A Field Guide to Character Encodings

I recently gave a talk at PyCascades (a regional Python language conference) on character encodings and I thought it would be nice to put together a little primer on a couple different important character encodings.

So many characters, so little time.

If you’re unfamiliar with character encodings, they’re just a variety of different systems used to map a string of binary (i.e. 1’s and 0’s) to a specific character. So the Euro character, €, would be represented as “111000101000001010101100” in a character encoding called UTF-8  but “10100100” in the Latin 9 encoding. There are a lot of different character encodings out there, so I’m just going to cover a handful that I think are especially interesting/important. 

  • Name: ASCII
  • Created: 1960
  • Also known as: American Standard Code for Information Interchange, US-ASCII
  • Most often seen: In legacy systems, especially U.S. government databases that need to be backward compatible

ASCII was the first widely-used character encoding. It has space for only 128 characters, and is best suited for English-language data.

  • Name: ISO 8859-1
  • Created: 1985
  • Also known as: Latin 1, code page 819, iso-ir-100, csISOLatin1, latin1, l1, IBM819, WE8ISO8859P1
  • Most often seen: Representing languages not covered by ASCII (like Spanish and Portuguese).

Latin 1 is the most popular of a large set of character encodings developed by the ISO (International Organization for Standardization) to deal with the fact that ASCII only really works well for English by adding additional characters. They did this by adding one extra bit to each character (8 instead of the 7 ASCII uses) so that they had space for 256 characters per encoding. However, since there are a lot of characters out there, there are 16 different ISO encodings that can handle different alphabets. (For example, ISO 8859-5 handles Cyrillic characters, while ISO 8859-11 maps Thai characters.)

  • Name: Windows-1252
  • Created: 1985
  • Also known as: CP-1252,  Latin 1/ISO 8859-1 (which it isn’t!), ANSI, ansinew
  • Most often seen: Mislabelled as Latin 1.

While the ISO was developing a standard set of character encodings, pretty much every large software company was also developing thier own set of proprietary encodings that did pretty much the same thing. Windows-1252 is slightly tweaked version of Latin 1, but Windows also had a bunch of different encodings, as did Apple, as did IBM. The 1980’s were a wild time for character encodings!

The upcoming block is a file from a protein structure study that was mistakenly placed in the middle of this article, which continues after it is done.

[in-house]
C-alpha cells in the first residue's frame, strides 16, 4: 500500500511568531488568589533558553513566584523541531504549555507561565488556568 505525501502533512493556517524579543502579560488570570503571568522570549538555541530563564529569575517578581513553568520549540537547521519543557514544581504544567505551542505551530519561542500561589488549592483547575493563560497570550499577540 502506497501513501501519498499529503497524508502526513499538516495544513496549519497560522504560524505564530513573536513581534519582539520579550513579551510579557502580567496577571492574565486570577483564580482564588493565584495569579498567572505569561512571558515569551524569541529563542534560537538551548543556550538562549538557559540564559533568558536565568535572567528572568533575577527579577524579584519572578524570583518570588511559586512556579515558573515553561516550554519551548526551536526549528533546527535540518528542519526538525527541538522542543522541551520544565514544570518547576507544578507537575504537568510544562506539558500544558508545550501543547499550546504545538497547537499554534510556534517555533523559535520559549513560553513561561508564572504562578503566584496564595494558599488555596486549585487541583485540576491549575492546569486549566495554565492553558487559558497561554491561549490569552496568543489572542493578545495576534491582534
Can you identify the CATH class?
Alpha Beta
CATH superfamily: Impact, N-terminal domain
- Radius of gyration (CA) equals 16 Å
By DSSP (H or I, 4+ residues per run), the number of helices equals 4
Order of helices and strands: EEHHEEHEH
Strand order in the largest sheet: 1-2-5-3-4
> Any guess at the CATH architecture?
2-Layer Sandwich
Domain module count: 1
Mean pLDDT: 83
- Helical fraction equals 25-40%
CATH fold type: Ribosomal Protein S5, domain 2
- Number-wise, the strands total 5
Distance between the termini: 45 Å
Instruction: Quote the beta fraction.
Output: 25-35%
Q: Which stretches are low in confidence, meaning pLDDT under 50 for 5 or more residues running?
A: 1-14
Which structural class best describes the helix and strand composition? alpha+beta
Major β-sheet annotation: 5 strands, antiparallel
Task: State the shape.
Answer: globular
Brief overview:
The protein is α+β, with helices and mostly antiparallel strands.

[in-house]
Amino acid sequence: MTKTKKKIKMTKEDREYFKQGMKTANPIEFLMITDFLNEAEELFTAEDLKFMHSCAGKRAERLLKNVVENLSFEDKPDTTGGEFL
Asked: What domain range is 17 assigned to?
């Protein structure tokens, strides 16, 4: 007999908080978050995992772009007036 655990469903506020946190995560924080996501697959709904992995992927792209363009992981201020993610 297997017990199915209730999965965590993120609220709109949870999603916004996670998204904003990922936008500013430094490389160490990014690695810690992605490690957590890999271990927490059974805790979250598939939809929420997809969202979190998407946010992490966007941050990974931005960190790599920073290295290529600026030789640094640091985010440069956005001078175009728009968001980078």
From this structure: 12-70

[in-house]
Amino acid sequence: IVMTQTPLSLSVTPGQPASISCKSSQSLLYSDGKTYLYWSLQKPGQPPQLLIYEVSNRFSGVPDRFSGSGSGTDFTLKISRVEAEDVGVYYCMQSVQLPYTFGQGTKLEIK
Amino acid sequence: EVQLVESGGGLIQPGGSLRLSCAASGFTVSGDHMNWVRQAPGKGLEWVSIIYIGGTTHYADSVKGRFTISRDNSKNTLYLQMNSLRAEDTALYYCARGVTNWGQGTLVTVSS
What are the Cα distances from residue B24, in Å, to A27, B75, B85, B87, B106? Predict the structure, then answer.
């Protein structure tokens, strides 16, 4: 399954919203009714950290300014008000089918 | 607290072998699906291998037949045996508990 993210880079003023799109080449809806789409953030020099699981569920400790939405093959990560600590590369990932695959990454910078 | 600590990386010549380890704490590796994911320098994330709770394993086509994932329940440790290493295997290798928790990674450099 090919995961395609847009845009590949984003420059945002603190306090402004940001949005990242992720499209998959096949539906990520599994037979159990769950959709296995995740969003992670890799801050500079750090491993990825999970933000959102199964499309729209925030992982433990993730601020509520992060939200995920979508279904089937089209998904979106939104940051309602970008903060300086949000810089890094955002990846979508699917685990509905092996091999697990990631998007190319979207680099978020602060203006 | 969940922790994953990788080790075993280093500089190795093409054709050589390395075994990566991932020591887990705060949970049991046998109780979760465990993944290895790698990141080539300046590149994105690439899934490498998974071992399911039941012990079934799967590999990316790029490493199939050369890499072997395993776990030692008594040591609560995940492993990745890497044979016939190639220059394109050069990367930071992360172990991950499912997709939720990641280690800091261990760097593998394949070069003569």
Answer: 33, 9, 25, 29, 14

• Name: Shift-JIS
  • Created: 1997
  • Also known as: Shift Japanese Industrial Standards, SJIS, Shift_JIS
  • Most often seen: For Japanese

So one thing you may notice about the character encodings above is that they’re all fairly small, i.e. can’t handle more than 256 characters. But what about a language that has way more than 256 characters, like Japanese? (Japanese has a phonetic writing system with 71 characters, as well as 85,000 kanji characters which each represent a single word.) Well, one solution is to create a different character encoding system specifically for that language with enough space for all the characters you’re going to want to use frequently. But, like with the ASCII-based encodings I talked about above, just one encoding isn’t quite enough to cover all the needs of the language, so a lot of variants and extensions popped up.

JIS and Shift-JIS variants
It’s, uh, fairly complex.

  • Name: UTF-8
  • Created: 1992
  • Also known as: Unicode Transformation Format – 8-bit
  • Most often seen: Pretty much everywhere, including >90% of text on the web. (That’s a good thing!)

Which brings us to UTF-8, the current standard for text encoding. The UTF encodings map from binary to what are known as Unicode codepoints, and then those codepoints are mapped to characters. Why the whole “codepoints” thing in the middle? To help overcome the problems with language-specific encodings that were discussed above. There are over one million codepoints, of which a little over 130,000 have actually been assigned to specific characters. You can update which binary patterns map to which codepoints independently of which codepoints map to which characters. The large number of code points also means that UTF encodings are also pretty future-proof: we have space to add a lot of new characters before we run out. And, in case you’re wondering, there is a single body in charge of determining which code points map to which characters (including emoji!). It’s called the Unicode Consortium and anyone’s free to join.

Like I mentioned, there are lots of different character encodings out there, but knowing about these five and how they’re related will give you a good idea of the complexities of the character encodings landscape. If you’re curious to learn more, the Unicode Standard is a good place to start.